The Human Rights Campaign has assessed treatment of lesbian, gay, bisexual and transgender people in 353 cities, including five in Arkansas, and the result puts Fayetteville on top of those studied in Arkansas, though all fall below the national average score. Full report here.

Said an HRC news release:


The average score for cities in Arkansas is 21 out of 100 points, which falls below the national average of 59. Fayetteville: 42, Fort Smith: 16, Little Rock: 13, North Little Rock: 16, Springdale: 16.

“From Mississippi to Idaho, mid-size cities and small towns have become the single greatest engine of progress for LGBT equality—changing countless lives for the better,” said HRC President Chad Griffin. “In just three years, the number of municipalities earning top marks for their treatment of LGBT citizens has more than tripled. Simply put, in this country there is an ongoing race to the top to treat all people, including LGBT people, fairly under the law, and it’s time our state and federal laws caught up.”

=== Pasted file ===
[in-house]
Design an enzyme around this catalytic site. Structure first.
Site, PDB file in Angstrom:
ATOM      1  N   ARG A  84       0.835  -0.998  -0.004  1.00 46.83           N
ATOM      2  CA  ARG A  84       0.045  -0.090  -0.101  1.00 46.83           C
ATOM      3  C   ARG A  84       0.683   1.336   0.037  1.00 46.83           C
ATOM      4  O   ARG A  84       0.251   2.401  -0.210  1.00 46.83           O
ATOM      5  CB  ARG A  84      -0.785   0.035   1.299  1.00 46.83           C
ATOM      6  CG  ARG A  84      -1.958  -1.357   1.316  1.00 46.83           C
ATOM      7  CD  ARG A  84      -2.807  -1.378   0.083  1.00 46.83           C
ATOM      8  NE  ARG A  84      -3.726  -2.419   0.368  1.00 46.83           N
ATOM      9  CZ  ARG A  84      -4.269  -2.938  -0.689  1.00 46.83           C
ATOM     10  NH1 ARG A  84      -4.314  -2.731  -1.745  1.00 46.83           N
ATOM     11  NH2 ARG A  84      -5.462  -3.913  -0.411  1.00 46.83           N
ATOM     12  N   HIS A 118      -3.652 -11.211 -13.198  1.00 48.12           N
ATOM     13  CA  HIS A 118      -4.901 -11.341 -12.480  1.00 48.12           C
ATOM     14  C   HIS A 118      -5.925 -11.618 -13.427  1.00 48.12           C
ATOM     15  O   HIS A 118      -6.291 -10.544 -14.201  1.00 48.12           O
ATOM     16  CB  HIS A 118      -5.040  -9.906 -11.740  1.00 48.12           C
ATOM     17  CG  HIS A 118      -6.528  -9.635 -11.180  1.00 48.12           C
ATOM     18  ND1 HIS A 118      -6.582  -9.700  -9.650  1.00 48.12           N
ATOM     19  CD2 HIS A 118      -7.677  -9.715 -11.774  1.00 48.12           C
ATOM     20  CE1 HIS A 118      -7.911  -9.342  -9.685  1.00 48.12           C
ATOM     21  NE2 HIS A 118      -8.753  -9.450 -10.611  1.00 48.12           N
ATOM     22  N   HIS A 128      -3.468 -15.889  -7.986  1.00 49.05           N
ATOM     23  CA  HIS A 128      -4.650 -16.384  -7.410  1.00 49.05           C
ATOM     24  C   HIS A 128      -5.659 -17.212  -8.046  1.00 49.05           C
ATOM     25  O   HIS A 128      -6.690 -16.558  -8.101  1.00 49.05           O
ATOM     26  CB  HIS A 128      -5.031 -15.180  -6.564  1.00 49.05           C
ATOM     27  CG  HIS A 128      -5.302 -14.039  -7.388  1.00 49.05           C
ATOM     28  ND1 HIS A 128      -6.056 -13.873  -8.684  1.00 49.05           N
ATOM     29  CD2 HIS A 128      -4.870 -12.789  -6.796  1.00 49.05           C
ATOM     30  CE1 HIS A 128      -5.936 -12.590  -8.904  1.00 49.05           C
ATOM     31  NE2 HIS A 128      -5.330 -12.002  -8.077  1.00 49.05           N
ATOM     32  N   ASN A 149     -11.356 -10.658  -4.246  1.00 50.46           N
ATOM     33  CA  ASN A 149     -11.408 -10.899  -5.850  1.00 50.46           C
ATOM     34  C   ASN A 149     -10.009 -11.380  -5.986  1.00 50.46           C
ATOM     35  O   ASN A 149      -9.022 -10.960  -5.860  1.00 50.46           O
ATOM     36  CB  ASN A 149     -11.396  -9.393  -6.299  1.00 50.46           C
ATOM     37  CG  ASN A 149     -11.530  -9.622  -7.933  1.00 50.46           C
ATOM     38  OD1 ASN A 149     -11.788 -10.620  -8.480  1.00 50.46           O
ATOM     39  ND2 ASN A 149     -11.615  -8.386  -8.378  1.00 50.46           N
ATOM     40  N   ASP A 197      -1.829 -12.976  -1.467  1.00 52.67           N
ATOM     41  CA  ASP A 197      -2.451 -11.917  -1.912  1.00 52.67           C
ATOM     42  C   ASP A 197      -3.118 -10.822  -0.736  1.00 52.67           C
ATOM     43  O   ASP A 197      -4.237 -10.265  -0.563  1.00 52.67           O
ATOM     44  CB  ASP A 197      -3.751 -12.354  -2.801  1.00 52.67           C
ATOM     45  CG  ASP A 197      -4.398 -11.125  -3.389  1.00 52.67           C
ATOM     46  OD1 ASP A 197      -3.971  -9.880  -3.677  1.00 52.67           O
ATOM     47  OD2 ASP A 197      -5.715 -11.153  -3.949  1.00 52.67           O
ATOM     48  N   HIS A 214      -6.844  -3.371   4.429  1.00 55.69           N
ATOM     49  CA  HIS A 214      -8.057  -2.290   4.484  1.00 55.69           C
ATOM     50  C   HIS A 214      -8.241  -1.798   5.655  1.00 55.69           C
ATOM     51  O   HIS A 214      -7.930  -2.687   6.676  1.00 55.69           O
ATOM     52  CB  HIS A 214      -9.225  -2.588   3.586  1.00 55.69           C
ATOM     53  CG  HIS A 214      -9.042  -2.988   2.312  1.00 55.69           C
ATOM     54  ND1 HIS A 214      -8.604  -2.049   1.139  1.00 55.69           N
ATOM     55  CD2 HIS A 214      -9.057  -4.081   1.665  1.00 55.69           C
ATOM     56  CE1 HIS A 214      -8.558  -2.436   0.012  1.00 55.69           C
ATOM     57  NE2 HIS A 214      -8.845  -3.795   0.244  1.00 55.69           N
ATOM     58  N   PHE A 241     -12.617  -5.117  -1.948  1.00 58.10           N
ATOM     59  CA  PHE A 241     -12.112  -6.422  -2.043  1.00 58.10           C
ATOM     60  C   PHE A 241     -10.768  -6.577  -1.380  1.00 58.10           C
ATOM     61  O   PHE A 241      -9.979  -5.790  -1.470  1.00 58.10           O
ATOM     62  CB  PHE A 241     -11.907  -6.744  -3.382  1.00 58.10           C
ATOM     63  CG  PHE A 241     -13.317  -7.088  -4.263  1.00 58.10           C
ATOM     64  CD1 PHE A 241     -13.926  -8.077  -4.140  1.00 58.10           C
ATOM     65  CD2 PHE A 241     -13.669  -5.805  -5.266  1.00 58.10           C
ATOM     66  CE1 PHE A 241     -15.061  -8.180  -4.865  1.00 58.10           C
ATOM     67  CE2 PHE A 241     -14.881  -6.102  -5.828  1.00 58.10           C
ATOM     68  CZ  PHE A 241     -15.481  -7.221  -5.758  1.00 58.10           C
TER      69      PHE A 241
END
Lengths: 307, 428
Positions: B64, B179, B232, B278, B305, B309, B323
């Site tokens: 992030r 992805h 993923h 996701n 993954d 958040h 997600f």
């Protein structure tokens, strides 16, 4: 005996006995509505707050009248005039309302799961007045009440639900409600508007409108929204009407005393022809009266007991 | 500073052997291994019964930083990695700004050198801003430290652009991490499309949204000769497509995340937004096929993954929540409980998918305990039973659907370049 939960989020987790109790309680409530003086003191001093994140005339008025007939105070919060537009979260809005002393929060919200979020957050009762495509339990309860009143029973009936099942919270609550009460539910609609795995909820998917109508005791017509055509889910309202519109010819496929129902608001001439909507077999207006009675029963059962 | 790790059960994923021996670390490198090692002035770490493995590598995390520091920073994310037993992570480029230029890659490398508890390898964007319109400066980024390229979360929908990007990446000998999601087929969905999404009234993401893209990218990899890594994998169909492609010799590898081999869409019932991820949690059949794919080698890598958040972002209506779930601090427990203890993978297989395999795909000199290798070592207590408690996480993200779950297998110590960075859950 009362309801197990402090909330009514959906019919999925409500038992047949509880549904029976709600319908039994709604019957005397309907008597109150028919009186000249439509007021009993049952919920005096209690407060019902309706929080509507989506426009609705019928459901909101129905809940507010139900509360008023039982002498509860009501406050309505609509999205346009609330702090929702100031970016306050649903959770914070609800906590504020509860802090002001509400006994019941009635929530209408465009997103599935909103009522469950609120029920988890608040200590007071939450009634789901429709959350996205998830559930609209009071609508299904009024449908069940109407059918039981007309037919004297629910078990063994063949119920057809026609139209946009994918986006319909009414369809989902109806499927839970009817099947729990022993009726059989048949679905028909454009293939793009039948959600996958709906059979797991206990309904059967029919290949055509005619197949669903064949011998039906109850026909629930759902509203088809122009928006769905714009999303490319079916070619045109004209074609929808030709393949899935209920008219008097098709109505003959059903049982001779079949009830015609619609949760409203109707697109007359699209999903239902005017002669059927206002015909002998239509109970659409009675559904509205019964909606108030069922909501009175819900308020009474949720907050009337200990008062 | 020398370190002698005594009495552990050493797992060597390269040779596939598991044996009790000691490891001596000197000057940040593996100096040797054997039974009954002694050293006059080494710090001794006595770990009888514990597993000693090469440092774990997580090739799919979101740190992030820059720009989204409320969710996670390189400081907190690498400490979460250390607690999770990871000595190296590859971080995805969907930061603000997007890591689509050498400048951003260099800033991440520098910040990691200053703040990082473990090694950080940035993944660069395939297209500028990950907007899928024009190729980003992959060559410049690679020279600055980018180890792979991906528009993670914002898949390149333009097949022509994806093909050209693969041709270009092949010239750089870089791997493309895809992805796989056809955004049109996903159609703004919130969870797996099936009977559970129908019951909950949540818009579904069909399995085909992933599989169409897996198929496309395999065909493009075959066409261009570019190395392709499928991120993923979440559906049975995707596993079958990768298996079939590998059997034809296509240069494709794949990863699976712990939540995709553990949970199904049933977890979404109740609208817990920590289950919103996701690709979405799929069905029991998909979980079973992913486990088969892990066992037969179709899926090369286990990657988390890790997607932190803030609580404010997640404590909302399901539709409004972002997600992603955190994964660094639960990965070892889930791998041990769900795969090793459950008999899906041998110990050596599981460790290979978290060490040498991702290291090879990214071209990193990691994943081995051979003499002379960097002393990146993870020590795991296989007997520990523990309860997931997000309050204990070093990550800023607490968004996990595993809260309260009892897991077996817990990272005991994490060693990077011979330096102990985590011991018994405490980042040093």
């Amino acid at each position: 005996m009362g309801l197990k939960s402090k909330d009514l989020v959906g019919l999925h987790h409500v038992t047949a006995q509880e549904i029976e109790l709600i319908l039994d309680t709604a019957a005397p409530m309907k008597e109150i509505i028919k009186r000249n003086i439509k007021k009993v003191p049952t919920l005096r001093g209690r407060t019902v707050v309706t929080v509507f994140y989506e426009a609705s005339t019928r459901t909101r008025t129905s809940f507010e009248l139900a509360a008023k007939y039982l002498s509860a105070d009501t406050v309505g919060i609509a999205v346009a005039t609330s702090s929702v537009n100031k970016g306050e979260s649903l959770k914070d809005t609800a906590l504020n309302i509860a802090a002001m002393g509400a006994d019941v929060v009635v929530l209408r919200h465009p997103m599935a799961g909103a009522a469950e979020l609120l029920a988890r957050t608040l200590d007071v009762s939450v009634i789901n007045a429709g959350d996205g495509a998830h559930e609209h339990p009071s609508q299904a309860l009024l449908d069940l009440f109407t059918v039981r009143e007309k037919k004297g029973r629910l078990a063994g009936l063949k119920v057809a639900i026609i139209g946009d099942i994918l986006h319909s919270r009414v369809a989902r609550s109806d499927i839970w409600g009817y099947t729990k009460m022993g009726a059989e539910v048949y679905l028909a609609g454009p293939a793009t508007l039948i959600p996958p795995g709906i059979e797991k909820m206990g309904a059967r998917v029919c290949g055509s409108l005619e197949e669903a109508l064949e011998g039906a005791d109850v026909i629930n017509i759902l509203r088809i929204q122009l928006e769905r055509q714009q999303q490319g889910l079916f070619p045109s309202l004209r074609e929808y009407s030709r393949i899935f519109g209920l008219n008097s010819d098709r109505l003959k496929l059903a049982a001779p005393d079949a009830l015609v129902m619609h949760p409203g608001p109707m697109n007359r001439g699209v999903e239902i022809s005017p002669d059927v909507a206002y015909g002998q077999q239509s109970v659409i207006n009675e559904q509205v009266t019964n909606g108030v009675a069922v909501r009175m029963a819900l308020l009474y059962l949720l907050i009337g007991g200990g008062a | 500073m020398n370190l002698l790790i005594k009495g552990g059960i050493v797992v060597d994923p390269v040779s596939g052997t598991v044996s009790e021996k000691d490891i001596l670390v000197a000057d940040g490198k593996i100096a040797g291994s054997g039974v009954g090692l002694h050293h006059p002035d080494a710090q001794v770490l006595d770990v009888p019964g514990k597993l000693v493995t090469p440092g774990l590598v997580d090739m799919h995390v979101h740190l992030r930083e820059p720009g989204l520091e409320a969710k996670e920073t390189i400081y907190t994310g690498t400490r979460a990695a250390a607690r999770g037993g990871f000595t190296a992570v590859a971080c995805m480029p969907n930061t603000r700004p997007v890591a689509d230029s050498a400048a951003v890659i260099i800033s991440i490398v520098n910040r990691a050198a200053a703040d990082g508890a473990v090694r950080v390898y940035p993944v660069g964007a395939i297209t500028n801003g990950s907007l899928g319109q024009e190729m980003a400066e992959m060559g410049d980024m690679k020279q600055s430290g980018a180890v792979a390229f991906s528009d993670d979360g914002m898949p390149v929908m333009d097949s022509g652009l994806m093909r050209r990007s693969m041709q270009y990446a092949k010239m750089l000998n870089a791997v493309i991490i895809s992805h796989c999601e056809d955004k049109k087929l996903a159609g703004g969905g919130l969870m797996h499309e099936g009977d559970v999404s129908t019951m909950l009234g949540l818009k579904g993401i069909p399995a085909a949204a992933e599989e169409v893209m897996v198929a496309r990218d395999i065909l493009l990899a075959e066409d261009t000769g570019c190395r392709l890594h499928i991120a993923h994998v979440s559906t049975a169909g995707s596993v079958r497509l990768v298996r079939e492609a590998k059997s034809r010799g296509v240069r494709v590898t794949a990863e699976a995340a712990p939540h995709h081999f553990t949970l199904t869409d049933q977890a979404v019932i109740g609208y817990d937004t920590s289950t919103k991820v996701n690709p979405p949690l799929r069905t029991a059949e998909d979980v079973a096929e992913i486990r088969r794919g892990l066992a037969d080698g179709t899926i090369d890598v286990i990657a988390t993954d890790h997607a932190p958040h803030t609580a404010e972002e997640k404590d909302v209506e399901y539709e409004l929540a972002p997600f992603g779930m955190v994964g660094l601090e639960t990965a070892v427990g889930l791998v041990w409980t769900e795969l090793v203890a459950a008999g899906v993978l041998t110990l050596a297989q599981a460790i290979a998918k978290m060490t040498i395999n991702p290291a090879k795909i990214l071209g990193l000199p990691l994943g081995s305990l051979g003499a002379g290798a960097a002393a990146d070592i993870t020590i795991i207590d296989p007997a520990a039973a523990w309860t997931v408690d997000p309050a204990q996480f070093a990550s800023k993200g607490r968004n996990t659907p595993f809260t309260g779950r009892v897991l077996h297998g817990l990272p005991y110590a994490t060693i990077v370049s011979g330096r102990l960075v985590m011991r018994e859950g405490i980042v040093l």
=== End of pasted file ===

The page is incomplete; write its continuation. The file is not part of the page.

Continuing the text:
The study covered each state’s largest city, capital and home to major university. The score covered non-discrimination laws; relationship recognition; employment policies including insurance and non-discrimination rules; law enforcement; municipal leadership and “inclusiveness of city services.”

Fayetteville, by the way, did not build up a big lead on account of its recently adopted civil rights ordinance, which is not in effect and subject to a referendum Dec. 9. It got no points in that category. But it scored high on relationship with the gay community (8 of 8 points); in law enforcement (10 of 14); and in employment practices (11 of 28) for a non-discrimination policy and insurance coverage of domestic partners.


Quite a few zeroes for Little Rock. Among the notable zeroes: For its leadership’s public position on equal treatment for LGBT people.